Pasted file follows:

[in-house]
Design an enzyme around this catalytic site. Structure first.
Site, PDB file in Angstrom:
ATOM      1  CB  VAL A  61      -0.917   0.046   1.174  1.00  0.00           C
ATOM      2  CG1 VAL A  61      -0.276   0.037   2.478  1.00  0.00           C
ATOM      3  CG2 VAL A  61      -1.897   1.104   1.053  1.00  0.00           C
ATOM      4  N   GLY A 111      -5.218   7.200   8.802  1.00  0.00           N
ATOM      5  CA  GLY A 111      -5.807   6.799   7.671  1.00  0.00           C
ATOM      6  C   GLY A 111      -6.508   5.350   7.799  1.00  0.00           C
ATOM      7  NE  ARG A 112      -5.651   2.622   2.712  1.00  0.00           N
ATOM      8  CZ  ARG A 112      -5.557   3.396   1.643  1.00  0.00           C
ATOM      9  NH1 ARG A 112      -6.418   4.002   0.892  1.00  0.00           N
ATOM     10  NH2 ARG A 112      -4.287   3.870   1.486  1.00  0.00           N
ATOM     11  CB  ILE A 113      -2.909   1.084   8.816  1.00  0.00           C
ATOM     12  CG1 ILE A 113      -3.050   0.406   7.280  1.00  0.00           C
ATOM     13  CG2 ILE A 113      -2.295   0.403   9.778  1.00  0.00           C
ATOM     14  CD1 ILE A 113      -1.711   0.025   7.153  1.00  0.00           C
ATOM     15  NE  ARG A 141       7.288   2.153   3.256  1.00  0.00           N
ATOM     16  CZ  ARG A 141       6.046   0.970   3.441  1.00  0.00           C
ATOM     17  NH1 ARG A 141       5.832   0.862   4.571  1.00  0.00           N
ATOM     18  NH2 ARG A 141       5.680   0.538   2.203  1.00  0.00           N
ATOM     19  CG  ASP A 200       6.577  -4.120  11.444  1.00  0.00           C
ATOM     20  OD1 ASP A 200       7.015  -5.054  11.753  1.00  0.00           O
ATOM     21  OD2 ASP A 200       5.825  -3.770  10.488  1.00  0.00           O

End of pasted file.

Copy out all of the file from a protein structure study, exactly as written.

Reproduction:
[in-house]
Design an enzyme around this catalytic site. Structure first.
Site, PDB file in Angstrom:
ATOM      1  CB  VAL A  61      -0.917   0.046   1.174  1.00  0.00           C
ATOM      2  CG1 VAL A  61      -0.276   0.037   2.478  1.00  0.00           C
ATOM      3  CG2 VAL A  61      -1.897   1.104   1.053  1.00  0.00           C
ATOM      4  N   GLY A 111      -5.218   7.200   8.802  1.00  0.00           N
ATOM      5  CA  GLY A 111      -5.807   6.799   7.671  1.00  0.00           C
ATOM      6  C   GLY A 111      -6.508   5.350   7.799  1.00  0.00           C
ATOM      7  NE  ARG A 112      -5.651   2.622   2.712  1.00  0.00           N
ATOM      8  CZ  ARG A 112      -5.557   3.396   1.643  1.00  0.00           C
ATOM      9  NH1 ARG A 112      -6.418   4.002   0.892  1.00  0.00           N
ATOM     10  NH2 ARG A 112      -4.287   3.870   1.486  1.00  0.00           N
ATOM     11  CB  ILE A 113      -2.909   1.084   8.816  1.00  0.00           C
ATOM     12  CG1 ILE A 113      -3.050   0.406   7.280  1.00  0.00           C
ATOM     13  CG2 ILE A 113      -2.295   0.403   9.778  1.00  0.00           C
ATOM     14  CD1 ILE A 113      -1.711   0.025   7.153  1.00  0.00           C
ATOM     15  NE  ARG A 141       7.288   2.153   3.256  1.00  0.00           N
ATOM     16  CZ  ARG A 141       6.046   0.970   3.441  1.00  0.00           C
ATOM     17  NH1 ARG A 141       5.832   0.862   4.571  1.00  0.00           N
ATOM     18  NH2 ARG A 141       5.680   0.538   2.203  1.00  0.00           N
ATOM     19  CG  ASP A 200       6.577  -4.120  11.444  1.00  0.00           C
ATOM     20  OD1 ASP A 200       7.015  -5.054  11.753  1.00  0.00           O
ATOM     21  OD2 ASP A 200       5.825  -3.770  10.488  1.00  0.00           O